Dear Brigitte is a 1965 American DeLuxe Color familycomedy in CinemaScope starring James Stewart and directed by Henry Koster.

Dear Brigitte
Dear Brigitte Poster.jpg
Directed byHenry Koster
Produced byFred Kohlmar
Henry Koster
Written byHal Kanter
Nunnally Johnson (uncredited)
Based onErasmus With Freckles (1963 novel)
by John Haase
StarringJames Stewart
Fabian
Glynis Johns
Cindy Carol
Bill Mumy
Brigitte Bardot
Ed Wynn
Narrated byEd Wynn
Music byGeorge Duning
CinematographyLucien Ballard
Edited byMarjorie Fowler
Production
company
Distributed by20th Century Fox
Release date
  • January 8, 1965 (1965-01-08)
Running time
100 minutes
CountryUnited States
LanguageEnglish
BudgetUS$2.47 million[1]
Box officeUS$2.2 million[2]

PlotEdit

Robert Leaf (James Stewart) is an American college professor whose precocious son Erasmus (Bill Mumy) is a mathematical prodigy. After using his skills for gambling at the racetrack, it is discovered that Erasmus is infatuated with model and actress Brigitte Bardot. He writes love letters to her, and she invites him to visit her in France. Prof. Leaf accompanies him on the journey. Prof. Leaf later uses his son's talent to raise funds for liberal arts scholarships. He is assisted by Peregrine Upjohn (John Williams), who is secretly a con artist who plans to abscond with the funds.[3]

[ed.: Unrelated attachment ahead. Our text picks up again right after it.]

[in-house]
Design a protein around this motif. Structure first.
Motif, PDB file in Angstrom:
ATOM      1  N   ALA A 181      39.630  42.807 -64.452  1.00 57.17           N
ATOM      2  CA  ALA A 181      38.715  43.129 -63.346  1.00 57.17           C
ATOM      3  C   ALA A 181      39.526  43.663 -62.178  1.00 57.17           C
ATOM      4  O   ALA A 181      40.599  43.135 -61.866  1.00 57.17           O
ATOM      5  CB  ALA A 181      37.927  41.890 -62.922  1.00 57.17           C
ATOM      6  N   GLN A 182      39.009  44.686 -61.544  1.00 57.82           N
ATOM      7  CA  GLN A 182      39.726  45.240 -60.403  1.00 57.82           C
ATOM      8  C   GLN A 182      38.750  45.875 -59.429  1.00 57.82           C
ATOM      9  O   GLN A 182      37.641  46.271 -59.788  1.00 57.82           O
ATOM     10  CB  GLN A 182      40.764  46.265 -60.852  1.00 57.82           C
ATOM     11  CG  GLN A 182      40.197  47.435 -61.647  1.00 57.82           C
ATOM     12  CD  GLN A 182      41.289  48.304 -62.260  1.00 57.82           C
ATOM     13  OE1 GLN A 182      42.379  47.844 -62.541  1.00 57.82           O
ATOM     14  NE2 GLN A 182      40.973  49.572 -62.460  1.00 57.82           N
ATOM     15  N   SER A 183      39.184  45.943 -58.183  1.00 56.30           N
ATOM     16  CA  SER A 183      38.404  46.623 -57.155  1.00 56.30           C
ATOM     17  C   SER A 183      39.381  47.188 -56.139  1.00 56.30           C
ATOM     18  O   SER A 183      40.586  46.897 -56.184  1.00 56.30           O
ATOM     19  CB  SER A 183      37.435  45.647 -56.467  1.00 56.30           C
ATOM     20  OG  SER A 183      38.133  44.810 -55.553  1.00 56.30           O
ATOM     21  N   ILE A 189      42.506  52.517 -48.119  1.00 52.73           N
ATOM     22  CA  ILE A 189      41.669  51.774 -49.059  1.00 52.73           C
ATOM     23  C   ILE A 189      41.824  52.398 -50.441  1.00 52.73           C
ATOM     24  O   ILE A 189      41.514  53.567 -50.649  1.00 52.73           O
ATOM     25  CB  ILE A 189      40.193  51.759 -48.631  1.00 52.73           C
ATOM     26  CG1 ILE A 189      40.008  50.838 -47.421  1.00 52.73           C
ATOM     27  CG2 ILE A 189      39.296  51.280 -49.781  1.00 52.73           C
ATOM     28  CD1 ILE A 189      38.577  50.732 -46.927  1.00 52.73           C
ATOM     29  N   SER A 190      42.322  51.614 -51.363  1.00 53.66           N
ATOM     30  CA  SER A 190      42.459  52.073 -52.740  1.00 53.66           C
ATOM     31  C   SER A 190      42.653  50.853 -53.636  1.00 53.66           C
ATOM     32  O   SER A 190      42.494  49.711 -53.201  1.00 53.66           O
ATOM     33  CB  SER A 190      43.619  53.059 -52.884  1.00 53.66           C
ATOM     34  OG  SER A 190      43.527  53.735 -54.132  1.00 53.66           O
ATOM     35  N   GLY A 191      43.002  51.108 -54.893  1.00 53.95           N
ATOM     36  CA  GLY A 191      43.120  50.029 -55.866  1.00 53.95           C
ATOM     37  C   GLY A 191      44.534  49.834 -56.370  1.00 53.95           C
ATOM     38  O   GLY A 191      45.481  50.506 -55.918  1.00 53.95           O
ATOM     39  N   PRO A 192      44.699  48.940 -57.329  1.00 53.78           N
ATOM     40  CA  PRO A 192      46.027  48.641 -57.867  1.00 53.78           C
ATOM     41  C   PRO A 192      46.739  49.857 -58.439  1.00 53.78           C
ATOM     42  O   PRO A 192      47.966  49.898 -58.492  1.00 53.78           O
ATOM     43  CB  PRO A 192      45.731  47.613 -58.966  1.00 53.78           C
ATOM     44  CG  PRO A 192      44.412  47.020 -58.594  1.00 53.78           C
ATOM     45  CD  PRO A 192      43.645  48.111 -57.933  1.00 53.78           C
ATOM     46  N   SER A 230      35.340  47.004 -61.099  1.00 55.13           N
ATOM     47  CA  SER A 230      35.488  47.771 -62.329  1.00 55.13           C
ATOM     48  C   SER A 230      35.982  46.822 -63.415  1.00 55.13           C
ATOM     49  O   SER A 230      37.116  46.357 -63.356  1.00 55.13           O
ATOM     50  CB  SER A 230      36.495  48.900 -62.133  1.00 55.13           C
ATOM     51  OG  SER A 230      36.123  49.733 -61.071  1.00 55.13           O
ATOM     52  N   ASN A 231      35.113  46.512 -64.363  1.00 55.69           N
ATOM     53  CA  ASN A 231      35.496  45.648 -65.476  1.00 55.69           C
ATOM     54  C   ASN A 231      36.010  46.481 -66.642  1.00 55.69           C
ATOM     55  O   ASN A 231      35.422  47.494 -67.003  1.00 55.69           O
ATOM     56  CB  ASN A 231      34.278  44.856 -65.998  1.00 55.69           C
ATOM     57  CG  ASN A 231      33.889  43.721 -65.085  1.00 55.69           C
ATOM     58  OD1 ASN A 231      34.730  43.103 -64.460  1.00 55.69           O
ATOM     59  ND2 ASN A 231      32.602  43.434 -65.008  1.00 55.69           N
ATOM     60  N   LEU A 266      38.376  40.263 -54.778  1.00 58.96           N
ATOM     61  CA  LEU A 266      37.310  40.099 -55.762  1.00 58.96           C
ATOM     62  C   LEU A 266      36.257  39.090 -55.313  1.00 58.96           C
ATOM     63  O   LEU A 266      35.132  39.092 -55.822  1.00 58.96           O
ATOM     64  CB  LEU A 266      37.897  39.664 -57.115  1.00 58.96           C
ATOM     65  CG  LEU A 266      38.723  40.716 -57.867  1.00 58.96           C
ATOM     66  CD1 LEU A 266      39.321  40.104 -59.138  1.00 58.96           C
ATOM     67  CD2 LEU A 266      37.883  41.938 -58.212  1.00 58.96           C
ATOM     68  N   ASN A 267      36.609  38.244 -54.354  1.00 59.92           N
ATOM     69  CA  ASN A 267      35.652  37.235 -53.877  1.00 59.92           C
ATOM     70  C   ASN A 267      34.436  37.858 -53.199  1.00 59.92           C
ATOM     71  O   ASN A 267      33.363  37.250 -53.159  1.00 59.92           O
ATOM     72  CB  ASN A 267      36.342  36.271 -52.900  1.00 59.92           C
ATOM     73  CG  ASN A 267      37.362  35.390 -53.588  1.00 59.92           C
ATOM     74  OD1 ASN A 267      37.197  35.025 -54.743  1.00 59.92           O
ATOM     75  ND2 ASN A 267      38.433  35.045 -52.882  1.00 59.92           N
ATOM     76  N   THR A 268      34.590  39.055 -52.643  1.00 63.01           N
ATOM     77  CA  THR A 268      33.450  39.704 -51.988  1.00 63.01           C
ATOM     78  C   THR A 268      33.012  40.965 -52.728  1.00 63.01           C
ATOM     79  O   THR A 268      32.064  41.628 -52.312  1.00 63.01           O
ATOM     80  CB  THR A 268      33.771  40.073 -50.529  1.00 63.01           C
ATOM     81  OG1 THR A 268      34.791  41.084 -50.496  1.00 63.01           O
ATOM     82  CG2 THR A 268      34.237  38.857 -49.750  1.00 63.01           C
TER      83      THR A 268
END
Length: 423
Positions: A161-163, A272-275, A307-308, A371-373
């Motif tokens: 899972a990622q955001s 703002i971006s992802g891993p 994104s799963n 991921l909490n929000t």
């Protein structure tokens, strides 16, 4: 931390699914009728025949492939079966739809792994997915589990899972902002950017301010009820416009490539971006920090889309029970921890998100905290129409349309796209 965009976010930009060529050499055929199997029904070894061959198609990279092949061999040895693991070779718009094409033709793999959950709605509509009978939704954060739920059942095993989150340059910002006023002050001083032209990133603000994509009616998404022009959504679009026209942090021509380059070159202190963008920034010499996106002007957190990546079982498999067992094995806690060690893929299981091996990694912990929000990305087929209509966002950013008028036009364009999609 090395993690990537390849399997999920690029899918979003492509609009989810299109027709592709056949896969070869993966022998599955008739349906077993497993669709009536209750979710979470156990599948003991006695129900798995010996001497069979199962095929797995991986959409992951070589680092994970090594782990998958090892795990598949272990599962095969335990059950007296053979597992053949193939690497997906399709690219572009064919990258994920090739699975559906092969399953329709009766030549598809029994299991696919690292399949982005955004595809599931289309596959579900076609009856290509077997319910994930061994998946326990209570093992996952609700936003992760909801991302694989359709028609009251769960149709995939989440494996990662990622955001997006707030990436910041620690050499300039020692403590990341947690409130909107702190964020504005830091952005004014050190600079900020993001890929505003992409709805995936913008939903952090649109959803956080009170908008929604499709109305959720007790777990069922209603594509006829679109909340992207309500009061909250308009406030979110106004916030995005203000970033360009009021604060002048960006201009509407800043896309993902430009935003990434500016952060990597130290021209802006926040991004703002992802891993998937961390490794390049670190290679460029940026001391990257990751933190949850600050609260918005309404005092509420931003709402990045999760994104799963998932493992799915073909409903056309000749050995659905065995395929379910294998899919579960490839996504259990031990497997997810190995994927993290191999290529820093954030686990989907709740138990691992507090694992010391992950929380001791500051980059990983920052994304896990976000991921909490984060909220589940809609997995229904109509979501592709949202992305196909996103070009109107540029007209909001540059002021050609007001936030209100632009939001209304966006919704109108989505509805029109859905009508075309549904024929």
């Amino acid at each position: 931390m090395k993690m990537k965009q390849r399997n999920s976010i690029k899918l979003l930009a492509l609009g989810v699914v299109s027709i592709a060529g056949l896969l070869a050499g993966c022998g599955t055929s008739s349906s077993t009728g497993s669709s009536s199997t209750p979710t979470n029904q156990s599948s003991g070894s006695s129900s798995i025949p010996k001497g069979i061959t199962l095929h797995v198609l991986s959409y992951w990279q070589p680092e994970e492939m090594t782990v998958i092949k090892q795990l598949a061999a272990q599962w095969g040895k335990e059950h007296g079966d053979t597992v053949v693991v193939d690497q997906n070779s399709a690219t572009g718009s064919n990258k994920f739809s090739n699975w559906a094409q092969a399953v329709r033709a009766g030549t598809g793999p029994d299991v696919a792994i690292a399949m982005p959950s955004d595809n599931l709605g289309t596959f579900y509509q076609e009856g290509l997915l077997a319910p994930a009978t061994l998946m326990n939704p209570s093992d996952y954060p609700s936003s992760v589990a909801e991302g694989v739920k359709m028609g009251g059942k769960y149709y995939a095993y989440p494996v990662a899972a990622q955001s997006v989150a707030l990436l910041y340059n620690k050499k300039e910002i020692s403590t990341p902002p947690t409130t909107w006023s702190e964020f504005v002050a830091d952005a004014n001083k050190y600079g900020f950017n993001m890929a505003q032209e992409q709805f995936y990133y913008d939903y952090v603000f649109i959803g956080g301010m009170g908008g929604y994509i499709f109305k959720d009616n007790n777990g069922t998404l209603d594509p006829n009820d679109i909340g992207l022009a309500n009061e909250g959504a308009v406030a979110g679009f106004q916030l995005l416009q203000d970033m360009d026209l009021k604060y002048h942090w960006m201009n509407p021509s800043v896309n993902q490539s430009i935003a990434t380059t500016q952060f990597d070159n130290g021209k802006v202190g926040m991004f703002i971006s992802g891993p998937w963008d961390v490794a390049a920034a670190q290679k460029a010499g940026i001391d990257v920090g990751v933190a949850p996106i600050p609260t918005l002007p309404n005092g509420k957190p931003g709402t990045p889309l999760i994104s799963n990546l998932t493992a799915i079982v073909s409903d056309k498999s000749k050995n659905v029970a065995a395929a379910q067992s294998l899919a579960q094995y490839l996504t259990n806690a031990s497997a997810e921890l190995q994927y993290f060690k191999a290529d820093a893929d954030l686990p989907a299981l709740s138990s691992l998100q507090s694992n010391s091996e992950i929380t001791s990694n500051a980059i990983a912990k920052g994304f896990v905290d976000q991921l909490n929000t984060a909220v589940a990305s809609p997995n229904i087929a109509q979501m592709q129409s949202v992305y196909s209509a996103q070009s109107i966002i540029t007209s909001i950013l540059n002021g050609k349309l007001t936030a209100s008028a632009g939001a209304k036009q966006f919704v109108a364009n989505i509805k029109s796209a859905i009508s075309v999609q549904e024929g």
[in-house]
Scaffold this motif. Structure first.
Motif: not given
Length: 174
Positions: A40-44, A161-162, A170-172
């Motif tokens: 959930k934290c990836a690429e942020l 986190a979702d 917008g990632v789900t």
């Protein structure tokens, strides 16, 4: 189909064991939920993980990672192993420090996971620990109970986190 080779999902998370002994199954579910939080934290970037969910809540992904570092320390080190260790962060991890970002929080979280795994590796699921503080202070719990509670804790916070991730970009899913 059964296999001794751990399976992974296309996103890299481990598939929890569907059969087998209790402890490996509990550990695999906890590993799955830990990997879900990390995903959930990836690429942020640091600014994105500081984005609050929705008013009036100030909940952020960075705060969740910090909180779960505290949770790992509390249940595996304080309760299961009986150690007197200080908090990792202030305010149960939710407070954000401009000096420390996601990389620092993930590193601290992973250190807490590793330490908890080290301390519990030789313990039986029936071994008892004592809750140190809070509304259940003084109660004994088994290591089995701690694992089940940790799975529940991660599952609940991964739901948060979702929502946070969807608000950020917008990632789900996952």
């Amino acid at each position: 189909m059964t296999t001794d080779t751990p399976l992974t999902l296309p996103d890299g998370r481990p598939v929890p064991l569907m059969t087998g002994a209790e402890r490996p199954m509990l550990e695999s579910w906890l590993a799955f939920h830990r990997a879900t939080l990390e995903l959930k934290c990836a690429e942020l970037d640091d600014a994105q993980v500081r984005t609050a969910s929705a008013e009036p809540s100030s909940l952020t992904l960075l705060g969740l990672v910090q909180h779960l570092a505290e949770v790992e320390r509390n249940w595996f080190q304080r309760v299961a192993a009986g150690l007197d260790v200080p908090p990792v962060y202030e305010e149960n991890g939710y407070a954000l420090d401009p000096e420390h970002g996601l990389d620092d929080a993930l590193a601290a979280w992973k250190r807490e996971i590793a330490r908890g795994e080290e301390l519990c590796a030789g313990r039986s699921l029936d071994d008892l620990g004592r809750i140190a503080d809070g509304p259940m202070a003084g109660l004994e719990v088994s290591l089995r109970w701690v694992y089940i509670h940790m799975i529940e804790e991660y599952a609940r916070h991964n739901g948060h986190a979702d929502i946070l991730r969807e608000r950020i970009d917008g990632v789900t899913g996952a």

CastEdit

ProductionEdit

The novel was published in 1963.[4] There was some talk that Disney would option the film rights and cast Bing Crosby in the lead role.[5][6] However rights were bought by 20th Century Fox who assigned the project to Nunnally Johnson, Henry Koster and James Stewart, the team that made Mr Hobbs Takes a Vacation and Take Her, She's Mine.[7]

Johnson later said he "hadn't wanted to do" the film. "I didn't think there was enough material in it, but I really allowed myself to be persuaded to do it. Jimmie would sign if I would write it, and Koster would get a job if Jimmie would sign. It all got around that, one depending on another. There was no material in there that justified a picture."[8]

Although Nunnally Johnson wrote early drafts of the film, Hal Kanter was brought in to work on it and he gets sole screen credit. Kanter says it was Henry Koster's idea to introduce a captain, played by Ed Wynn, to act as a Greek chorus.[9]

Johnson said Koster got this idea from the film Tom Jones. Johnson did not like the device because he felt it did not suit the picture and told Koster to get another writer to do it. He told Koster "You'd better get a good gag man who does those one-line things. I don't do that, and I couldn't do it."[10] Koster hired Kanter and Johnson asked to take his name off the film. Johnson says when he saw Stewart "he told me he didn't know I'd taken my name off of it. He was unhappy about the picture too, but there was nothing to do by then."[11]

It was one of the first movies made at the recently re-opened 20th Century Fox studios.[12]

Billy Mumy was cast on the recommendation of James Stewart's wife, Gloria Stewart, who taught a Sunday School class that Mumy attended.[13]